By Lisa L. Gill - Consumer Reports - June 26, 2019
President's Trumps new rule could help consumers learn the cost of an MRI and other treatment before it happens....
Citing instances where patients paid $6,000 for saline solution and $17,000 for stitches, President Donald Trump this week signed an executive order that would require hospitals to make the “cash price” of a medical service or procedure available to a consumer beforehand in an easy-to-read format.
“For too long, it’s been virtually impossible for Americans to know the real price and quality of healthcare services and the services they receive,” Trump said during the signing ceremony. “As a result, patients face significant obstacles shopping for the best care at the best price, driving up healthcare costs for everyone.”
The executive order is short on some key details, such as exactly which medical services the rule would apply to and when it would take effect. Instead, the order directs the Health and Human Services department to draft rules and work through the public-comment process before any action is finalized. On previous similar executive actions, it has taken up to a year before rules were enacted.
This step is the most recent of several measures from the Trump administration meant to increase price transparency in medical care and to lower healthcare prices. Last October, Trump signed bills that ended the “gag clauses” in pharmacy contracts that prohibited pharmacists from volunteering a lower cash price when it was cheaper than a consumer’s insurance. And starting in early July, drug companies will be required to include the price of drugs in their TV advertising.
Some experts believe those measures may not do much, if anything, to lower healthcare costs, and some even say this latest move could cause some costs to rise. “Publicly disclosing competitively negotiated, proprietary rates will reduce competition and push prices higher—not lower—for consumers, patients, and taxpayers,” Matt Eyles, president and CEO of industry group America’s Health Insurance Plans, said in a statement.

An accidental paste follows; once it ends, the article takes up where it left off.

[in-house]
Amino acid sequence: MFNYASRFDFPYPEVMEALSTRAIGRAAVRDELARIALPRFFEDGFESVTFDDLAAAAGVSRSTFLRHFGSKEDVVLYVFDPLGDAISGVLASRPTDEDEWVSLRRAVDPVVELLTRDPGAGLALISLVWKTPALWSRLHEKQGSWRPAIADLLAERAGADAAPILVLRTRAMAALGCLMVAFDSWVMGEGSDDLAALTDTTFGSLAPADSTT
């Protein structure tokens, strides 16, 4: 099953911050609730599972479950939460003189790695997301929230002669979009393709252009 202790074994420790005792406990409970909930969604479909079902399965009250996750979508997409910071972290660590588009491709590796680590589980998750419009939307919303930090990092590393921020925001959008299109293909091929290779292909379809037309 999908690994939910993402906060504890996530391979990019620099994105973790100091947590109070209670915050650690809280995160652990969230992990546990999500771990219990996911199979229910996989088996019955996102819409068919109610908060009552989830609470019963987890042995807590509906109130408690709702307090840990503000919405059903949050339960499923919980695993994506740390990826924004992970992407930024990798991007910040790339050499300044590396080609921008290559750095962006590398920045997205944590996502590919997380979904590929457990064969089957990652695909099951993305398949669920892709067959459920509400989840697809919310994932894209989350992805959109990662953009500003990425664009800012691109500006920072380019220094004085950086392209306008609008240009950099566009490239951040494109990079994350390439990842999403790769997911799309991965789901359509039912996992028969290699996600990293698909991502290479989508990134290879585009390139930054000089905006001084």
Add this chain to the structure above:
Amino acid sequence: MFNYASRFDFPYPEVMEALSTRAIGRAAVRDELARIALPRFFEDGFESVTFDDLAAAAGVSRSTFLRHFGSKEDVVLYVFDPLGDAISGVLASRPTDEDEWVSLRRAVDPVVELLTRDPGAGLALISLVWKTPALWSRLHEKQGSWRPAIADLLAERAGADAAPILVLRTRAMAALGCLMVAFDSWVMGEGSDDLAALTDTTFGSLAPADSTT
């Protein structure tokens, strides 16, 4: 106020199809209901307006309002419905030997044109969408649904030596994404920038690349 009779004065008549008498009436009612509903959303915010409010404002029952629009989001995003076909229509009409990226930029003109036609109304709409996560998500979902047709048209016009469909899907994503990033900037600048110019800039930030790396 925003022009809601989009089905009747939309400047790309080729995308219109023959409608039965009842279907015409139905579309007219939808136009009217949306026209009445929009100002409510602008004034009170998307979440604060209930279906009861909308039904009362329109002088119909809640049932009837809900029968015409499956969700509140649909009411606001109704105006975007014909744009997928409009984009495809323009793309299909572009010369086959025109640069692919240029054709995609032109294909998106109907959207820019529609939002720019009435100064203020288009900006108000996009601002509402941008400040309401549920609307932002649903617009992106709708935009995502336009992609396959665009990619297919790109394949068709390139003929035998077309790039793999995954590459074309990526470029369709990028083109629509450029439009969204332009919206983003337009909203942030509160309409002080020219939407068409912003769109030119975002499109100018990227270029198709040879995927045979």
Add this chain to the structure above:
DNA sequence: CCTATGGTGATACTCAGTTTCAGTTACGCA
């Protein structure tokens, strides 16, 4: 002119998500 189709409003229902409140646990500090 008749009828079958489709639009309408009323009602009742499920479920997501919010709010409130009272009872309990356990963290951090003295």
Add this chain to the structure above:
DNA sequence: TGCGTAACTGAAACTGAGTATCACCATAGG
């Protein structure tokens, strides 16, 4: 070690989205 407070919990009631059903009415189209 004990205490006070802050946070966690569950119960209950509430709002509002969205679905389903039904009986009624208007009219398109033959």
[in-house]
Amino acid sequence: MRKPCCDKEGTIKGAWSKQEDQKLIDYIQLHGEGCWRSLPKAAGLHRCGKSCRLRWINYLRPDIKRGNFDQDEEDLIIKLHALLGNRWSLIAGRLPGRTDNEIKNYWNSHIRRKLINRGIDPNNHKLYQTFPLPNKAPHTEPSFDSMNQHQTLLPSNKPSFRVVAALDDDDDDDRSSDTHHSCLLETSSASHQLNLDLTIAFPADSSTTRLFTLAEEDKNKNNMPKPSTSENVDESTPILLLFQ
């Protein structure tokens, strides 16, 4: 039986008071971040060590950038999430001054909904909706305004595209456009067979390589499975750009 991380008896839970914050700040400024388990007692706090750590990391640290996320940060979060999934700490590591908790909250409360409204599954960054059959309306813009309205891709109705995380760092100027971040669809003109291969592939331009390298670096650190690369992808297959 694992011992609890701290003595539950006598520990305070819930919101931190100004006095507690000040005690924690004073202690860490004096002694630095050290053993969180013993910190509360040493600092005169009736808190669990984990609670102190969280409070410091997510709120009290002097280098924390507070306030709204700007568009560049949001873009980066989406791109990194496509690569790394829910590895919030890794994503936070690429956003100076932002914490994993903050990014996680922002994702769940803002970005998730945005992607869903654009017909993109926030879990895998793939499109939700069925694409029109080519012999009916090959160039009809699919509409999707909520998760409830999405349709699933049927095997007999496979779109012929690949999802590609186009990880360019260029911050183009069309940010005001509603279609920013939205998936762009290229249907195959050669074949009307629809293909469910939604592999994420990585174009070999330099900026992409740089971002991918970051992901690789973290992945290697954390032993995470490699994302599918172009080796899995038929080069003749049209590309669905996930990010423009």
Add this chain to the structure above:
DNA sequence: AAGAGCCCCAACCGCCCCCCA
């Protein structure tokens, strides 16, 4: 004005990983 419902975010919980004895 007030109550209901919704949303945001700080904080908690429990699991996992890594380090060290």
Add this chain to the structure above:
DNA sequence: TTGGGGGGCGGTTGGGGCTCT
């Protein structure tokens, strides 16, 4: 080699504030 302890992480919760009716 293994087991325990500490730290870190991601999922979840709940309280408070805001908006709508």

Still, making healthcare easier to access and understand for consumers is potentially helpful, Surgeon General Jerome Adams, M.D., told CR at the Aspen Ideas Festival this week. And, he notes, many Americans need help managing medical costs, which, he says, “can bankrupt almost anyone.”
Even as experts debate whether knowing the price of a procedure or cost of an MRI ahead of time will ultimately lower the cost of healthcare in this country, there may be some instances when knowing that information can help you. Here are four of them:
Just over 40 percent of Americans have a health insurance plan that requires them to pay a minimum of $1,300 out of pocket for an individual and $2,600 for a family before their benefits kick in, according to the Centers for Disease Control and Prevention. If this describes your situation and you need to pay for a medical service but have not yet reached your deductible, shopping around for your healthcare, when possible, could reduce your costs. That’s because you could find that healthcare providers in the same area charge different amounts for the same procedure or test.
For example, a 2019 RAND Corporation study found, among other things, that costs could vary for the same procedure among several hospitals. In the Indianapolis area, an endoscopy could cost $169 at Eskenazi Health or $233 at nearby Franciscan Health. Another example: The standard cost for an inpatient childbirth at Medical Center of the Rockies in Loveland, Colo., is $17,505. But just a few miles away at Banner Fort Collins Medical Center, inpatient childbirth would cost $10,415, according to RAND’s report.